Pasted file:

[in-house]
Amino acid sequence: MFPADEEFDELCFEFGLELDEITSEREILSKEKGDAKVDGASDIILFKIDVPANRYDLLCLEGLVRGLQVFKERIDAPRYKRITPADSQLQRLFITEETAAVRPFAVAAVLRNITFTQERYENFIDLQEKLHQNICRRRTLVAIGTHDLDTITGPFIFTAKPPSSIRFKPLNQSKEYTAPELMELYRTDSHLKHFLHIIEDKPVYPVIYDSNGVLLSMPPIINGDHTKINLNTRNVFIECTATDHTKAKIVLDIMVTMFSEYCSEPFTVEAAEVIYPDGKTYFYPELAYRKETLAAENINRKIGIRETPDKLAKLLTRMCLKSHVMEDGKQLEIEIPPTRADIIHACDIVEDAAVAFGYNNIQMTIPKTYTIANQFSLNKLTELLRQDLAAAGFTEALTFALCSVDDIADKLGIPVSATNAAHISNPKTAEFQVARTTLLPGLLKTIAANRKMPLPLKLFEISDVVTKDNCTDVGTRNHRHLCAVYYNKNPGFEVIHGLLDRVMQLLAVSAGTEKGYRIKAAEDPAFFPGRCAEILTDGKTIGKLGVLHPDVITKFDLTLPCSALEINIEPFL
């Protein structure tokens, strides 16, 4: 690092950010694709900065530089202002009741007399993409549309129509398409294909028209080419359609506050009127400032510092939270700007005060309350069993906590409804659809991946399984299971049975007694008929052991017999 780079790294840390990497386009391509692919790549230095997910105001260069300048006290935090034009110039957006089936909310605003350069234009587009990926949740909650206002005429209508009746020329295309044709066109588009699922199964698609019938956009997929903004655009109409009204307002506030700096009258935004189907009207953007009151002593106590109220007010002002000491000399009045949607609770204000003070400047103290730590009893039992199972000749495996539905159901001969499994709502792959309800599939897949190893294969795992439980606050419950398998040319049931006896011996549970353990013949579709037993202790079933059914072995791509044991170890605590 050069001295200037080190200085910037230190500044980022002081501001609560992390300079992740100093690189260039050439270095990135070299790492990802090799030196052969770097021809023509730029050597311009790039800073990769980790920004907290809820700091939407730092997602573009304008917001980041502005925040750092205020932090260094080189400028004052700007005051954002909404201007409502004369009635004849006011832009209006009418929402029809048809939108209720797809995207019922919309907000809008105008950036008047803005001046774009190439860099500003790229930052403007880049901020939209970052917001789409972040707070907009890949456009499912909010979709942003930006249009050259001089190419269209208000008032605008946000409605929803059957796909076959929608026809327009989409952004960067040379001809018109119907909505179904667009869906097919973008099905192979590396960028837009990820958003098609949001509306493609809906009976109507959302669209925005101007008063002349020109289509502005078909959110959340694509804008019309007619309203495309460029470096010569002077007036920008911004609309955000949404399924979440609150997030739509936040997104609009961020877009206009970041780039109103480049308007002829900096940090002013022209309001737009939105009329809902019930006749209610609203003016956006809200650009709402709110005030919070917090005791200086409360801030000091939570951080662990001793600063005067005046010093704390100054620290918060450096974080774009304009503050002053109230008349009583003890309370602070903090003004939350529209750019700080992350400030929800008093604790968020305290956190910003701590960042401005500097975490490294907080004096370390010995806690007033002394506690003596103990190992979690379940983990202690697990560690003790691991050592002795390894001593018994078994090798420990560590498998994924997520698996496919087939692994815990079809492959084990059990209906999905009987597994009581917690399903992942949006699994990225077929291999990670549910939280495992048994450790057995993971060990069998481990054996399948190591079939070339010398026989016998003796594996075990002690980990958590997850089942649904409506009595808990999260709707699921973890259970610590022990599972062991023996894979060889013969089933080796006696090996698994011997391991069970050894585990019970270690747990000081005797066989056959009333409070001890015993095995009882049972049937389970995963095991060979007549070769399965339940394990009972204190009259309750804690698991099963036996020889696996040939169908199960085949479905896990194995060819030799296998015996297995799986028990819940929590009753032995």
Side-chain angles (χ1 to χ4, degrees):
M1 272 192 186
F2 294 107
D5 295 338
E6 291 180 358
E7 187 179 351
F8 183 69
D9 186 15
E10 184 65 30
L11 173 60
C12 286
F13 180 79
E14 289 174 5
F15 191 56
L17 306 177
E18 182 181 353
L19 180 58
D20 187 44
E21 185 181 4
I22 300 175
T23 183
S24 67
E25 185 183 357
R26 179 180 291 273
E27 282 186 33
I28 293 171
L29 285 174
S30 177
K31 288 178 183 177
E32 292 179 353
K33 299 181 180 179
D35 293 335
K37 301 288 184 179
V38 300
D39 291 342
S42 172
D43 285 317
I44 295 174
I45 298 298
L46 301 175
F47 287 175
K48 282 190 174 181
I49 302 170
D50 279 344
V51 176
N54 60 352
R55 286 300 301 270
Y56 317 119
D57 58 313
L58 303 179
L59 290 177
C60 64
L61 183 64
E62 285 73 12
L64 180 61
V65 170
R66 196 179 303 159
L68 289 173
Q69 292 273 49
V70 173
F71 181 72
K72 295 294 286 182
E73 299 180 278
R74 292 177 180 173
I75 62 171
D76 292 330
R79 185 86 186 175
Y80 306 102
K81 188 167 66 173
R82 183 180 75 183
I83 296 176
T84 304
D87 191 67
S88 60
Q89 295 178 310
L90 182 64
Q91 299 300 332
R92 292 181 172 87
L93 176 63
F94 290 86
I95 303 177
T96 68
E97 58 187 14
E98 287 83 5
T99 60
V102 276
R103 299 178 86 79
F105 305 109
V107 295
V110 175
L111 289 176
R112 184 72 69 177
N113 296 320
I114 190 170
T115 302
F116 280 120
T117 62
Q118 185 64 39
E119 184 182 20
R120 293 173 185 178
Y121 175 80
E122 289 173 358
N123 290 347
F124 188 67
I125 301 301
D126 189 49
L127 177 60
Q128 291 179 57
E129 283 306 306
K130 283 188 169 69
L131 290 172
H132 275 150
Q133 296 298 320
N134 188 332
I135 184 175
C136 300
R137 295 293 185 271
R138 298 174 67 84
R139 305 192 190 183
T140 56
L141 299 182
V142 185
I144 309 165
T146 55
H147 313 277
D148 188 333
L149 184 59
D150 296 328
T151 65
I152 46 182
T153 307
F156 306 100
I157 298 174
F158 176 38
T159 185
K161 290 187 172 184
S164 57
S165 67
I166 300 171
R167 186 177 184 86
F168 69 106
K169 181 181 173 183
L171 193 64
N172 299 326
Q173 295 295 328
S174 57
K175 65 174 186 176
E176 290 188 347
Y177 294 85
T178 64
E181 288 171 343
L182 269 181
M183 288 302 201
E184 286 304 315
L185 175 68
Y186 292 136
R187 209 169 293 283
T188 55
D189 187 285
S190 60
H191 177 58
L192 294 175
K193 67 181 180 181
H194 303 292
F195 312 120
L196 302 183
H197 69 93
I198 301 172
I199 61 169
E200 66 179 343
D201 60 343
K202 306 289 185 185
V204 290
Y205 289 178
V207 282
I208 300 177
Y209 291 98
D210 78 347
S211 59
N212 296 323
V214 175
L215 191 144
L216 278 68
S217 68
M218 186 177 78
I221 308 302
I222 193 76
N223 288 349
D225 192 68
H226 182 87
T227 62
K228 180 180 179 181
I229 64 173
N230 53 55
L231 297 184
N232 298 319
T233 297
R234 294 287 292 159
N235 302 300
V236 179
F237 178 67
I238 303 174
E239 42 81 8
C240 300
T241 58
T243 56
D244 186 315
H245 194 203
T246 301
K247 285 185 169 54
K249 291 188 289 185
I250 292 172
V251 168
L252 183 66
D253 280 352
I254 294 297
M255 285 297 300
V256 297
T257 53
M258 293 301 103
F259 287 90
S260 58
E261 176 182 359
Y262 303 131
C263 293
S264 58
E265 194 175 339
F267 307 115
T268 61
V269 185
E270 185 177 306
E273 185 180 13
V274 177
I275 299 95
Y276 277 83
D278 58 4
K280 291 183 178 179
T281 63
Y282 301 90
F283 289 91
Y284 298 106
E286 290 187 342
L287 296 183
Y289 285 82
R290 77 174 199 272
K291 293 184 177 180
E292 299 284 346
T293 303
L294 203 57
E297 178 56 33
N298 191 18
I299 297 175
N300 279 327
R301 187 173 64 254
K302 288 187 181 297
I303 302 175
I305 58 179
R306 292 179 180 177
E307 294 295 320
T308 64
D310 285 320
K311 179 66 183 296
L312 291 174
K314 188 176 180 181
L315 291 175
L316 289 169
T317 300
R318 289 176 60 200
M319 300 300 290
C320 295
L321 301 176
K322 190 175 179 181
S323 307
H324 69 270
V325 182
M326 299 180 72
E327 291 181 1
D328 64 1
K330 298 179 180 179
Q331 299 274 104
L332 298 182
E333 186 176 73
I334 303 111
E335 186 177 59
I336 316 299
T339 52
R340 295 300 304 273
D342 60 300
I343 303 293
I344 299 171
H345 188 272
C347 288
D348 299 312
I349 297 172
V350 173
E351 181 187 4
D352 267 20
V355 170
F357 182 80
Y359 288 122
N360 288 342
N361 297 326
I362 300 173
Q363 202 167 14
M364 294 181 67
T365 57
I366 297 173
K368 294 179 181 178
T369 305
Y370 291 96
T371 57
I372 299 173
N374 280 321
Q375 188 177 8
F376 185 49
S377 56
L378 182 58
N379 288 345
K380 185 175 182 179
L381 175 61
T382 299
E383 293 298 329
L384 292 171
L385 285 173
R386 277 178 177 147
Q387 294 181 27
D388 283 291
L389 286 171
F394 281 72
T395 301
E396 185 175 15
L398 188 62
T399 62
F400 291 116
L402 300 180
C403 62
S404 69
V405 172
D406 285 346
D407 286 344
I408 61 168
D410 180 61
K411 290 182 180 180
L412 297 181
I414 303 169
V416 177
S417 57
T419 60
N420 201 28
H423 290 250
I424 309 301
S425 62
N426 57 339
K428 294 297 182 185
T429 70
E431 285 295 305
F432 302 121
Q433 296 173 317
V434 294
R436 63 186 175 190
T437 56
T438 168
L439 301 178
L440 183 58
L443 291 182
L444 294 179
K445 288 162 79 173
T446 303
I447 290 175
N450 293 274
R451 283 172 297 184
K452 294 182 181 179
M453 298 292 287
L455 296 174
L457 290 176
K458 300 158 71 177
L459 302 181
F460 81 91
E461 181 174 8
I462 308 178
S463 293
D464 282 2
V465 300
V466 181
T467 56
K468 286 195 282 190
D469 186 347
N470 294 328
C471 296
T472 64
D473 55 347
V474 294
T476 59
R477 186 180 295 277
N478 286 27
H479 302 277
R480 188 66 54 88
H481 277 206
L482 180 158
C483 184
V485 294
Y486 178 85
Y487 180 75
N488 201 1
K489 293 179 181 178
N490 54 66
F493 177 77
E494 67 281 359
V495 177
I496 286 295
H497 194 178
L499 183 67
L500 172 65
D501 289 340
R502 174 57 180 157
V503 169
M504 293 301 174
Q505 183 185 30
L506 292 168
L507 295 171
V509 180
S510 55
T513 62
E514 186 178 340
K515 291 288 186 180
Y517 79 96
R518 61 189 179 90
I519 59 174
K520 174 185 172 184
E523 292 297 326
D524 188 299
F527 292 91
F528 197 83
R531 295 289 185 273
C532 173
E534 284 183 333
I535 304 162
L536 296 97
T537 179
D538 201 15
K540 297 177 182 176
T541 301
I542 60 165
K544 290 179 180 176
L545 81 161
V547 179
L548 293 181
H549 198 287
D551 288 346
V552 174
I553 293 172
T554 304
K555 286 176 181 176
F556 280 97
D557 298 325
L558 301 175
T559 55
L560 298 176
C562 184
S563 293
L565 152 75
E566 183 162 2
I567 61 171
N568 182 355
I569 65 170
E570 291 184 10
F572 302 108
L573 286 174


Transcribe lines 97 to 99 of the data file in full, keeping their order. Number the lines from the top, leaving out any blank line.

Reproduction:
I114 190 170
T115 302
F116 280 120